The Chimantá Massif is a highly fragmented complex of tepuis in Bolívar state, Venezuela. The massif comprises around 11 tepuis and has a total summit area of 615 km2 (237 sq mi) and an estimated slope area of 915 km2 (353 sq mi).
It is divided in two by the Río Tírica, with the northern section being both larger and higher.
The massif is notable for its high species richness and for its varied habitat types.
It reaches an elevation of 2,698 metres (8,852 ft)on its highest peak, Murey-tepui (also known as Euroda-tepui).
The massif is situated entirely within the bounds of Canaima National Park. It hosts extensive cave systems, including the world's largest known quartzite cave, Cueva Charles Brewer, named after discoverer Charles Brewer-Carías. The processes behind their speleogenesis are the subject of some debate.
The isolated southern peaks of Andakasimá-tepui and Upuigma-tepui are sometimes considered part of the Chimantá Massif.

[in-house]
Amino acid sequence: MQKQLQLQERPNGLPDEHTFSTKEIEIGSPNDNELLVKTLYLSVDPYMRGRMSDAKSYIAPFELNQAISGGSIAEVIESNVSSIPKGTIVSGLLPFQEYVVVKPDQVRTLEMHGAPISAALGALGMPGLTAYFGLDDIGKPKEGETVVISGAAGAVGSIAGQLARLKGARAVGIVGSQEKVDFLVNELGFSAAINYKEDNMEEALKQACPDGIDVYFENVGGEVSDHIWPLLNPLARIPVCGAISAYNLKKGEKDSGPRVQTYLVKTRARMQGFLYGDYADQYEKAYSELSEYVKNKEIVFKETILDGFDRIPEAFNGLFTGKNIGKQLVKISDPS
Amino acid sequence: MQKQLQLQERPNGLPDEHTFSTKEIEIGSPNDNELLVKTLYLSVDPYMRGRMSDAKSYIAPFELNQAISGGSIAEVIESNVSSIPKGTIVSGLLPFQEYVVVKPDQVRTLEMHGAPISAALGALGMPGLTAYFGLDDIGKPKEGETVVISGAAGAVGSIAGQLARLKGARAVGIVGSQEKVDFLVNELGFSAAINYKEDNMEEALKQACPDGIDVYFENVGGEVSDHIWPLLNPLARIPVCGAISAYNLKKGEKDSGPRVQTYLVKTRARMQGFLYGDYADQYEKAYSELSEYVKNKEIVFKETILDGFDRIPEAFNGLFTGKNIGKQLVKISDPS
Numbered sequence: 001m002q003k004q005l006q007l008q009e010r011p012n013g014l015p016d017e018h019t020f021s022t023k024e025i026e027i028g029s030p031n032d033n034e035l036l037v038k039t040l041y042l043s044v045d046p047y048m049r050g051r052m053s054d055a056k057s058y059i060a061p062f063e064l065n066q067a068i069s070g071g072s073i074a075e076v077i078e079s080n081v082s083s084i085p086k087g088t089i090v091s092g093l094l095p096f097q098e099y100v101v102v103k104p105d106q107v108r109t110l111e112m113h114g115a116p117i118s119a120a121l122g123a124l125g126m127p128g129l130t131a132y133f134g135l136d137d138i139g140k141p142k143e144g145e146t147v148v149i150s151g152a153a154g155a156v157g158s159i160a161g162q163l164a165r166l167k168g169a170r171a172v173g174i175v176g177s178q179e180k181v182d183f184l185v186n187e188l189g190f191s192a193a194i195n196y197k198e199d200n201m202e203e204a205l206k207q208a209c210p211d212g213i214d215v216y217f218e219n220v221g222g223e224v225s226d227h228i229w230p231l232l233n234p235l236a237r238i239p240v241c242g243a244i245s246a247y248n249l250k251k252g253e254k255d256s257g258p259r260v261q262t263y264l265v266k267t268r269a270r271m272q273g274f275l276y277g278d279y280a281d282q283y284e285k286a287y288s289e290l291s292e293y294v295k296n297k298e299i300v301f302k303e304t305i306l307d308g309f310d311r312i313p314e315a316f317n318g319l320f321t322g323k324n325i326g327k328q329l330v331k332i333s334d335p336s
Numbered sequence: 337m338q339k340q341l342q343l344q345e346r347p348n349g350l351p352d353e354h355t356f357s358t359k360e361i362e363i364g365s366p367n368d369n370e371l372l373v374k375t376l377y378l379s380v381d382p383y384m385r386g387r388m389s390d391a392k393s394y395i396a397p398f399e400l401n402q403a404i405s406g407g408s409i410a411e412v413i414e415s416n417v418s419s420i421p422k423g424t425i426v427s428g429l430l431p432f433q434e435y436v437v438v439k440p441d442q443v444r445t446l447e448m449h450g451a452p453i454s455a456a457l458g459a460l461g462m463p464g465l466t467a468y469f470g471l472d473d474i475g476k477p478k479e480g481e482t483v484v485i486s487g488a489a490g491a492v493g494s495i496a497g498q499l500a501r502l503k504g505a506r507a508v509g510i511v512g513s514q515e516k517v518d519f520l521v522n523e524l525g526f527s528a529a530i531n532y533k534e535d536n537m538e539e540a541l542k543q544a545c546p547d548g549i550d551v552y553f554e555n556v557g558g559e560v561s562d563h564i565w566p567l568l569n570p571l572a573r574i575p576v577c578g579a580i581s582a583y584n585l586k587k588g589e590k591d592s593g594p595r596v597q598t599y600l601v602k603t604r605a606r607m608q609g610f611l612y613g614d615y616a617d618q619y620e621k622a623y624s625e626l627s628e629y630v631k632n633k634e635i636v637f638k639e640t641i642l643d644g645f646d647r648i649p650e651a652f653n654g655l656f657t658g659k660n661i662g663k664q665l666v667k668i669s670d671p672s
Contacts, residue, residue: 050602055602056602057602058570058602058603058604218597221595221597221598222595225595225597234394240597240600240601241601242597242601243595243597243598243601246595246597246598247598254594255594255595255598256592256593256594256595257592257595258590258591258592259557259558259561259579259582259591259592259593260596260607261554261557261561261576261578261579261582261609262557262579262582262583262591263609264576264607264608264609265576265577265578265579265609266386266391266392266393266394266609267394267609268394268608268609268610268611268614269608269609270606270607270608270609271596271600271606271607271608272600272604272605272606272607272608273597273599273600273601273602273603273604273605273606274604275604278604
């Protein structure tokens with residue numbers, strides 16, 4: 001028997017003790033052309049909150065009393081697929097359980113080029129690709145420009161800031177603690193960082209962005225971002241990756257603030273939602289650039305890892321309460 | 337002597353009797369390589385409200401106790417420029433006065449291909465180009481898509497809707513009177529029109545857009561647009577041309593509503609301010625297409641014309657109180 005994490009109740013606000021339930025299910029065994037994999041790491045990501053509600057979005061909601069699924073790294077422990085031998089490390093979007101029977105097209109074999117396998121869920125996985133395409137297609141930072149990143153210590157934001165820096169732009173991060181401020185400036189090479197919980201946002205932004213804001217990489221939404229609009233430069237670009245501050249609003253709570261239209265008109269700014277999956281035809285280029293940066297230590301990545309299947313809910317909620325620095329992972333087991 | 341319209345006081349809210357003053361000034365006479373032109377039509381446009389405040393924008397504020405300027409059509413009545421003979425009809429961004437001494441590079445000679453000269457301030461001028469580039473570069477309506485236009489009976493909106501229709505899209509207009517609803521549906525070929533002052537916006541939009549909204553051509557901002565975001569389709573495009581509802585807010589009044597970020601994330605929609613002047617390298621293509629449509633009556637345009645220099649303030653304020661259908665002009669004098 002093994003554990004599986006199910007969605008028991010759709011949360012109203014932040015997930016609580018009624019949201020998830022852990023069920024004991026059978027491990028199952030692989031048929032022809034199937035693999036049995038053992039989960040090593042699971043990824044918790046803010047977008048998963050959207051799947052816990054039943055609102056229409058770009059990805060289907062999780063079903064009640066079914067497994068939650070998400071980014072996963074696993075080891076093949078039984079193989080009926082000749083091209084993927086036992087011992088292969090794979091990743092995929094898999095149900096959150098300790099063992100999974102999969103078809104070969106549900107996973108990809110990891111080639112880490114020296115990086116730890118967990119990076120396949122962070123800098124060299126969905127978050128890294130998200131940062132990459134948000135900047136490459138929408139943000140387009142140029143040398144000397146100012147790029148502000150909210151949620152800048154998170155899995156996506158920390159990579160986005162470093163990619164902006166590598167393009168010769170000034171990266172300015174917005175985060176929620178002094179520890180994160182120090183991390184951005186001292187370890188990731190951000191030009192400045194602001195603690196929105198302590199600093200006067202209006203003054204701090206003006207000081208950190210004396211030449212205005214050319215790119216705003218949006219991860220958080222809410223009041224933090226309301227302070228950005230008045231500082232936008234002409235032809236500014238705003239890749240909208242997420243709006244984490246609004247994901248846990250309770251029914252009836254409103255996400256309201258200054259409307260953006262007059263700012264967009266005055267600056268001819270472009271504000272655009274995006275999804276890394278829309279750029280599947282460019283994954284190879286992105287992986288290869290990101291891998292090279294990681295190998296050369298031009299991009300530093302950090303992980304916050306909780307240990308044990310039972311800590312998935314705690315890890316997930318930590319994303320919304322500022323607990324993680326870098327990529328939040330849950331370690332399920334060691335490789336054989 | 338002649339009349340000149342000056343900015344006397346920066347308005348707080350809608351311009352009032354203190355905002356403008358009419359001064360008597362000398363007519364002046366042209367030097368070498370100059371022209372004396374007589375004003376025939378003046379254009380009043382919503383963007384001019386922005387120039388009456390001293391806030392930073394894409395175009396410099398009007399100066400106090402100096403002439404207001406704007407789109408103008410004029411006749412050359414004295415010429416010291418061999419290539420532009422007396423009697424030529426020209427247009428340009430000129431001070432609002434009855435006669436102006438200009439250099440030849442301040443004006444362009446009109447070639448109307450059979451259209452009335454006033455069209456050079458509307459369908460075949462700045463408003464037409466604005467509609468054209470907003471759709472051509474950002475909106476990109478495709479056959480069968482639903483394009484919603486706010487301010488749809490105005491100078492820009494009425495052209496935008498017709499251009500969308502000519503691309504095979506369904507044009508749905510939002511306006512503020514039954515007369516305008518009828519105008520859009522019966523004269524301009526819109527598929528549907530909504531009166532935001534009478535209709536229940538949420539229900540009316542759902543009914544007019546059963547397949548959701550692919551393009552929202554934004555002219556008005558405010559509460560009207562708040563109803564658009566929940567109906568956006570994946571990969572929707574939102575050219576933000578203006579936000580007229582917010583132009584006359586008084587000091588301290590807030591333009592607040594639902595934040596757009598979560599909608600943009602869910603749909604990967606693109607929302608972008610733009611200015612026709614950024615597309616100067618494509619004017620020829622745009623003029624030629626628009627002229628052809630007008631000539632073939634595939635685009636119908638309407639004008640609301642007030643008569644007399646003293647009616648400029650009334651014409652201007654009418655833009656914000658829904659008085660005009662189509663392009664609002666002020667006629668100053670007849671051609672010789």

The major tepuis of the northern and southern parts of the Chimantá Massif are listed below.
Abacapá-tepui - 2,400 m (7,900 ft) - 28.13 km2 (10.86 sq mi)
Aparamán-tepui - 2,400 m (7,900 ft) - 22.5 km2 (8.7 sq mi)
Apacará-tepui - 2,450 m (8,040 ft) - 173.12 km2 (66.84 sq mi)
Chimantá-tepui - 2,550 m (8,370 ft) - 93.75 km2 (36.20 sq mi)
Murey-tepui - 2,698 m (8,852 ft) - 51.25 km2 (19.79 sq mi)
Tirepón-tepui - ±2,600 m (8,500 ft) - 8.75 km2 (3.38 sq mi)
Toronó-tepui - 2,500 m (8,200 ft) - 59.38 km2 (22.93 sq mi)
An additional plateau, Sarvén-tepui, may be distinguished to the east of Chimantá-tepui.
Acopán-tepui - 2,200 m (7,200 ft) - 92.5 km2 (35.7 sq mi)
Amurí-tepui - 2,200 m (7,200 ft) - 36.88 km2 (14.24 sq mi)
Churí-tepui - 2,500 m (8,200 ft) - 47.5 km2 (18.3 sq mi)